Have you ever wondered how photographers get the smooth creamy blurred backgrounds (bokeh) in their portraits?
Table of Contents Hide
- How to shoot portraits with blurred backgrounds for creative portraits
- Blurring backgrounds in portraits
- What is Bokeh?
- Why do portrait photographers like background blur
- Have problems with background blur? Keep these tips in mind
- Prime lenses or create the best background blur in my opinion
- Do prime lenses or zooms give you better blur
- Lens Recommendations for Portraits and getting maximum background blur
- Price is always a concern
- Rent first, buy later
How to shoot portraits with blurred backgrounds for creative portraits
When shooting portraits, you can get blurry backgrounds by shooting at a wide aperture (aka F-stop) in order for the lens to separate the subject from the background. This is also referred to as the depth of field. Many portrait photographers will shoot at f2.8 or wider depending on the limitations of their lenses. Some will go to f1.2 or more common f1.4 aperture and this allows you to create background blur commonly referred to as bokeh.
Shot with Sony a7riii | Sony 85mm F1.4 Gmaster
Blurring backgrounds in portraits
Many beginners getting into portrait photography are looking for ways to get the popular smooth heavy bokeh look when shooting portraits. The background blur creates a sense of separation between the subject and everything around them. Your subject is sharp and everything else just melts away.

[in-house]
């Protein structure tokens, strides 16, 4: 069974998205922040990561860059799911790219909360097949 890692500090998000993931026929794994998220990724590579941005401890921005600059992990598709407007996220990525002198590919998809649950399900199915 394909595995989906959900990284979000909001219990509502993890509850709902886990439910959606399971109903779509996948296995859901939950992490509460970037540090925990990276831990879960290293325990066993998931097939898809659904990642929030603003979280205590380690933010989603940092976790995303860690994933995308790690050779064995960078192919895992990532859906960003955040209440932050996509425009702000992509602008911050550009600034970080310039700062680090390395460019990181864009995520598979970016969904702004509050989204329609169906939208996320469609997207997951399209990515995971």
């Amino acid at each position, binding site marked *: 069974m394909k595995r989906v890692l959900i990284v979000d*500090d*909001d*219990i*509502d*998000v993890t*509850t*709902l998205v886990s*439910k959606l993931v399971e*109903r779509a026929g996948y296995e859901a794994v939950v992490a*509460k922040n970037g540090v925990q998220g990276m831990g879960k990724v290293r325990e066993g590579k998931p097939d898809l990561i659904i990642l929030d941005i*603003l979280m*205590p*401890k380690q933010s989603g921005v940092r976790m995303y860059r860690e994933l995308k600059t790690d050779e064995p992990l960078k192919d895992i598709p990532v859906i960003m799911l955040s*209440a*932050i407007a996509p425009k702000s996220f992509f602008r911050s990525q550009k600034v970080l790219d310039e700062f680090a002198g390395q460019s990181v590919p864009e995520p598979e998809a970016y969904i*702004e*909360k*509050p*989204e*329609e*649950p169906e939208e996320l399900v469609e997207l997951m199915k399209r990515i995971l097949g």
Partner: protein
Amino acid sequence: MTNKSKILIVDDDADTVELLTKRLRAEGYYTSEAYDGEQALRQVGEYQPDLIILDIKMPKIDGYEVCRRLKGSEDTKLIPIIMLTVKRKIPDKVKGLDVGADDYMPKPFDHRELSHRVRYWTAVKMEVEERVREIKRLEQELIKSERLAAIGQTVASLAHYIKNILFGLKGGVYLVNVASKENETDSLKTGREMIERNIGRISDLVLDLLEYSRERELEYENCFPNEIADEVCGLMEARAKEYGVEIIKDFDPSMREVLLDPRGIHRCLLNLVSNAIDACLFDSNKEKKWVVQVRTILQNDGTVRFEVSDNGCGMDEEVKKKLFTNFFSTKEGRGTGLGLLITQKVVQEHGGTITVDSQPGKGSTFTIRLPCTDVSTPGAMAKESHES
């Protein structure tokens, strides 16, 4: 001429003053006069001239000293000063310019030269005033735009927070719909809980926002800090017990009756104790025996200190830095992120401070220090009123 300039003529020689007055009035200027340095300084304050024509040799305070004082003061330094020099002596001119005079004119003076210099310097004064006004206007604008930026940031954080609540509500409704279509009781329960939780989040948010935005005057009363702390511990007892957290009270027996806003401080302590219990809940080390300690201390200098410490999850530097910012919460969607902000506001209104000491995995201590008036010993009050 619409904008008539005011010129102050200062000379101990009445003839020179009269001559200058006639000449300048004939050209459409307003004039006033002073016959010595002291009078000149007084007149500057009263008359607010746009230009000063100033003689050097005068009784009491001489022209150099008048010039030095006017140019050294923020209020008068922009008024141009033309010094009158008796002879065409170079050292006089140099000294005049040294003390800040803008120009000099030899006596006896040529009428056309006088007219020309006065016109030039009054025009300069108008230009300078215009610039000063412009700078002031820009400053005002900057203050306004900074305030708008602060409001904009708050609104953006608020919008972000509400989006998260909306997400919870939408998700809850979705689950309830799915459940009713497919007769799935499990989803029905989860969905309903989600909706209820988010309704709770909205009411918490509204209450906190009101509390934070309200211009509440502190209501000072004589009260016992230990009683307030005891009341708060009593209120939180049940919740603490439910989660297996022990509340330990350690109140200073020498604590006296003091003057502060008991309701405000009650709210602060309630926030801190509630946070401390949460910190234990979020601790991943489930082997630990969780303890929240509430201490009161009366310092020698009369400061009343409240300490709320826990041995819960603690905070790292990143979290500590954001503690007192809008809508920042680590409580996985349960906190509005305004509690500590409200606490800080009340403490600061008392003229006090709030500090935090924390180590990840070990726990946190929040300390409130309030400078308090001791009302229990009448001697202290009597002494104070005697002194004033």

In portrait photography, many beginners learn that they need lenses with wider apertures in order to achieve blurrier looks. It’s not always the case, but it does make it easier.
I’m a Sony mirrorless camera shooter and I have lenses like the Sony 85mm f1.4 and Sony 55mm f1.8 that gives me a great depth of field and background blur.
You can also achieve bokeh with an f2.8 and even an f4.0 or higher lens. Just depends on your distance from the subject and the focal length.
Step 1: Set your camera’s lens to its widest aperture or F-stop.
The majority of lenses will be marked with an f-stop number to help photographers know the widest aperture of the lens. Some lenses have aperture rings that will mark the settings on the outside of the lens.
If your lens doesn’t have a manual ring, then you can set the aperture in the camera if you are shooting in manual mode.